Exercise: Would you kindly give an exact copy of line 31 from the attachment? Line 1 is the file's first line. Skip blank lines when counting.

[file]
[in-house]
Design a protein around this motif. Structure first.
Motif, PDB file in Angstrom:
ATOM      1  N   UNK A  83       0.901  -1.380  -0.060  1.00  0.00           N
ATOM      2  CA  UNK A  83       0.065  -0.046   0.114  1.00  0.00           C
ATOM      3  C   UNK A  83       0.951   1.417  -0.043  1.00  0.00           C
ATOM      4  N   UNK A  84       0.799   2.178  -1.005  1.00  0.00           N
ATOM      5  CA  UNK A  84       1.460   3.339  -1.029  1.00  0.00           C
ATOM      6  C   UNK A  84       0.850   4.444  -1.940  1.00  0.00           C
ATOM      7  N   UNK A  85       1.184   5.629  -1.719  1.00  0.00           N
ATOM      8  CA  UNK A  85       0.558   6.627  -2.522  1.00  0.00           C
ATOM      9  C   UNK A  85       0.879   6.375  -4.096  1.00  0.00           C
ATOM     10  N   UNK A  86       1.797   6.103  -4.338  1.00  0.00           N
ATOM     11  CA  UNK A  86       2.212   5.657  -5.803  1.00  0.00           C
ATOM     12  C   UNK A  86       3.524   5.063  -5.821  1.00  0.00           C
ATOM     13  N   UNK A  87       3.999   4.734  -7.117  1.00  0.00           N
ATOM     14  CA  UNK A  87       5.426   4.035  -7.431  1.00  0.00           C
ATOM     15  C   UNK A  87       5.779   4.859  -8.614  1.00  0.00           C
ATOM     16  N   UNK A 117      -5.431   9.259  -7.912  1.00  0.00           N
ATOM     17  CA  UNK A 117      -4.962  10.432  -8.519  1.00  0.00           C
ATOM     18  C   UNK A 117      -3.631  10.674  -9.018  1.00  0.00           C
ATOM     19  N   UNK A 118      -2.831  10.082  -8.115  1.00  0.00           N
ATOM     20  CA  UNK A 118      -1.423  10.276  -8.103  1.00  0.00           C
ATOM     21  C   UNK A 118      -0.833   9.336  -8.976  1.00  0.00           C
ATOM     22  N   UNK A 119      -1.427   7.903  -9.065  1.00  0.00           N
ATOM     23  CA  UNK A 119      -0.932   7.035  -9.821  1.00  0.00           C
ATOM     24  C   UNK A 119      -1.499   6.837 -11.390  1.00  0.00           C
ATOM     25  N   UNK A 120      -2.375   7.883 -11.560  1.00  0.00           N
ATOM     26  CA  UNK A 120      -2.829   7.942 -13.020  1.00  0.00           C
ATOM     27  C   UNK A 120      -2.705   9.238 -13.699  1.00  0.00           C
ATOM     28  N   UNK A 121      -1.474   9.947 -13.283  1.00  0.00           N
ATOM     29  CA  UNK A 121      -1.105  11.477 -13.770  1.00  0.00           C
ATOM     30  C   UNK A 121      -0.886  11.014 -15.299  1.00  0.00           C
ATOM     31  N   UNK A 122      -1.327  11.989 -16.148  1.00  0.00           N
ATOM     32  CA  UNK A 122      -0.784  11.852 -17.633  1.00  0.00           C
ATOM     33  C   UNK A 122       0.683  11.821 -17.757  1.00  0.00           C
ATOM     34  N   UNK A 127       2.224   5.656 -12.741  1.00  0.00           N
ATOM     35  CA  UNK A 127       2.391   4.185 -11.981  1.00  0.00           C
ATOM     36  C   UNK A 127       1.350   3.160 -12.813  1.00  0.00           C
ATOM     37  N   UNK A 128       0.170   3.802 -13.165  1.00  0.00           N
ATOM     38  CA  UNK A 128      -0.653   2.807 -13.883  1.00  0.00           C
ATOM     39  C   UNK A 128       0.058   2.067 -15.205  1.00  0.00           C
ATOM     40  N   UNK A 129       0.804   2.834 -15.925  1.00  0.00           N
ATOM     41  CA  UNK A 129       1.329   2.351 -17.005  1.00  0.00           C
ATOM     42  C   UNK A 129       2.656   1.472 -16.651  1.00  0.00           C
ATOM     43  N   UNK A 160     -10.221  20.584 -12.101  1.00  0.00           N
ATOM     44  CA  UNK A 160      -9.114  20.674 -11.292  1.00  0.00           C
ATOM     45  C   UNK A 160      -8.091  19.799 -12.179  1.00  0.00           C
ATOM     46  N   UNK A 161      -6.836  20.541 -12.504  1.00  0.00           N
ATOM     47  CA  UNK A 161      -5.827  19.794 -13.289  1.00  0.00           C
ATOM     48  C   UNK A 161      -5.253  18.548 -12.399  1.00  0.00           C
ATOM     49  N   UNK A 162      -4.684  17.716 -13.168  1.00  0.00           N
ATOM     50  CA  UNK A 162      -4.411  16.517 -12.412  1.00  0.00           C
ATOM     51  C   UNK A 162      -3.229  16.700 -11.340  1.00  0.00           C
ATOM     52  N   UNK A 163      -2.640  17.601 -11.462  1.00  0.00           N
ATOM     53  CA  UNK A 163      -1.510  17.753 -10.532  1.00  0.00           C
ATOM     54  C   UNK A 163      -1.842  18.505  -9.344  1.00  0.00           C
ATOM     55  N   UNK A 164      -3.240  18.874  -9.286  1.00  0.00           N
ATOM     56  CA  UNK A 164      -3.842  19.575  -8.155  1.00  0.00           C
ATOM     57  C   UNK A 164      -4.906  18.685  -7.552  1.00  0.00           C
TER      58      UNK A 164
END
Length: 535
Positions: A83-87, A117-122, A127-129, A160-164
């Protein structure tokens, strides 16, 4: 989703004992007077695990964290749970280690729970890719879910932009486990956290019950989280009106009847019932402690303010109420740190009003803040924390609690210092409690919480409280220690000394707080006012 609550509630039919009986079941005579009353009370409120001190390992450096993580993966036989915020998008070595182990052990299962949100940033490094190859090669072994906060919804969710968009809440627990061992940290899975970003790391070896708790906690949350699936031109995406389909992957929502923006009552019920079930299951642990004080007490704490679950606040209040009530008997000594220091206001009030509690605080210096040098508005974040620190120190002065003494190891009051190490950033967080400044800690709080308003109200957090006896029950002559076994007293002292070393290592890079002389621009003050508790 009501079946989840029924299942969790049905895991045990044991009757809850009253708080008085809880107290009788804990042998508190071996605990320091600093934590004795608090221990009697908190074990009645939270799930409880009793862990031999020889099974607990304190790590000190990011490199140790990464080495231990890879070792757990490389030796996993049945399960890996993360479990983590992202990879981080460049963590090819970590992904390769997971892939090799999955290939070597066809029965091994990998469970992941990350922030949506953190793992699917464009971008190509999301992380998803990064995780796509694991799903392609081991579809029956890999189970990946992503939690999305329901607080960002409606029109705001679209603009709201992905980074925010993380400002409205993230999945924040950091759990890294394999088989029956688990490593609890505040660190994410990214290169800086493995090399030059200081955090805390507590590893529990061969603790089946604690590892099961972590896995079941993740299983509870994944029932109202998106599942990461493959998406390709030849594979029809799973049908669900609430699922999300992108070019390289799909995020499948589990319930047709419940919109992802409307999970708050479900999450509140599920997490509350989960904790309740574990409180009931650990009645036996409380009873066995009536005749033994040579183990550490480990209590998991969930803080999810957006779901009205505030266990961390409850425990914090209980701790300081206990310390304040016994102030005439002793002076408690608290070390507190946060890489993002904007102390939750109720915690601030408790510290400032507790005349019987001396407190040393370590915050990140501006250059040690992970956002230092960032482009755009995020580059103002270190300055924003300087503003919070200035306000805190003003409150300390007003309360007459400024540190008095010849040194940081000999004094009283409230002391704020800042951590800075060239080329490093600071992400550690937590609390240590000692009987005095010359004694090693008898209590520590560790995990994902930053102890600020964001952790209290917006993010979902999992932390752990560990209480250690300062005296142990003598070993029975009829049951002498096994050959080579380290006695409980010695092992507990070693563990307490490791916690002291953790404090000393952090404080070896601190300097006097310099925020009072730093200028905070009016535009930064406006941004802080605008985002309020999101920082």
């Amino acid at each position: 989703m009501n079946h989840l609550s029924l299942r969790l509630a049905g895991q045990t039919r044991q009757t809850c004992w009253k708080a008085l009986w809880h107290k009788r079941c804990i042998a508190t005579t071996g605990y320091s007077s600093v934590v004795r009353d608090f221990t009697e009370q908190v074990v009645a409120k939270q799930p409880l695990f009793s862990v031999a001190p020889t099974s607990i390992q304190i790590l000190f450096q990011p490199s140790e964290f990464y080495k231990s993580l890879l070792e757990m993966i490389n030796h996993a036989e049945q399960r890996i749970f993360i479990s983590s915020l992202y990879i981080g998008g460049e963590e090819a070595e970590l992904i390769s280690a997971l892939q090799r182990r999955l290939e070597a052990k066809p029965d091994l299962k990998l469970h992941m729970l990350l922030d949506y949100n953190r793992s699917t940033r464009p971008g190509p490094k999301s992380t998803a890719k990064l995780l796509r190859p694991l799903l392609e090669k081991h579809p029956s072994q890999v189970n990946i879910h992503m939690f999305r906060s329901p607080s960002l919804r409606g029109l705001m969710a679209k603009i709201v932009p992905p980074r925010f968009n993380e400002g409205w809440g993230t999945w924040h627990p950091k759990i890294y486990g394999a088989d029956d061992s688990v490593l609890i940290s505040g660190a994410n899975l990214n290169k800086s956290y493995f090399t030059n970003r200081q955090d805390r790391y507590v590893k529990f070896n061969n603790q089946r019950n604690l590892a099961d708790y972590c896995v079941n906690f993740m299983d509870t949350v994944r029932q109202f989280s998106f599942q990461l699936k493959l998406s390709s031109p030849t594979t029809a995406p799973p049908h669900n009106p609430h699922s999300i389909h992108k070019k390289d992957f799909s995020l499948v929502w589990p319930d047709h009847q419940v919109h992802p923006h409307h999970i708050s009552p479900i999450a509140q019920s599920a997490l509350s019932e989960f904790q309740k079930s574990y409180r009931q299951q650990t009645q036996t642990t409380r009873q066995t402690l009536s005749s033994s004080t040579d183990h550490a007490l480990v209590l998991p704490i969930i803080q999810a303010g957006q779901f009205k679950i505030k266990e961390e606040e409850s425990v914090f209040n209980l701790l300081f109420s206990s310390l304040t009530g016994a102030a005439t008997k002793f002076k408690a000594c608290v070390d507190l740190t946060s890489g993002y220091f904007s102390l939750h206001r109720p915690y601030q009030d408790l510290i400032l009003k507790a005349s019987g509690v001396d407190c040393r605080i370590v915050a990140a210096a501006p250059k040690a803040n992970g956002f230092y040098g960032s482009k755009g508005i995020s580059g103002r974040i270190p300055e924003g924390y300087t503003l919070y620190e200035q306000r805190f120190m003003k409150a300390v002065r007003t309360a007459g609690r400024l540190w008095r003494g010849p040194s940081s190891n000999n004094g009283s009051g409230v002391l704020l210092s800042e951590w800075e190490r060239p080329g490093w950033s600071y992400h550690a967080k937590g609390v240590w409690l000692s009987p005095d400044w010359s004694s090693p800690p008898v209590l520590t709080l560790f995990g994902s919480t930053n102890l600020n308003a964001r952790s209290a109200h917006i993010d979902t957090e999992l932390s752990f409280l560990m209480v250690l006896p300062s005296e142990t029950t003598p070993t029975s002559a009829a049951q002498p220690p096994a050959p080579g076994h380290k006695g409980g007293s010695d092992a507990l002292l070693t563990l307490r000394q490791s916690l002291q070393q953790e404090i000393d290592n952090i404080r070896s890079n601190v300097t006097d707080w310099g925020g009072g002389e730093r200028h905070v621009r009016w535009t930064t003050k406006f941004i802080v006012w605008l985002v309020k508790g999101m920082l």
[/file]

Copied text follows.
ATOM     28  N   UNK A 121      -1.474   9.947 -13.283  1.00  0.00           N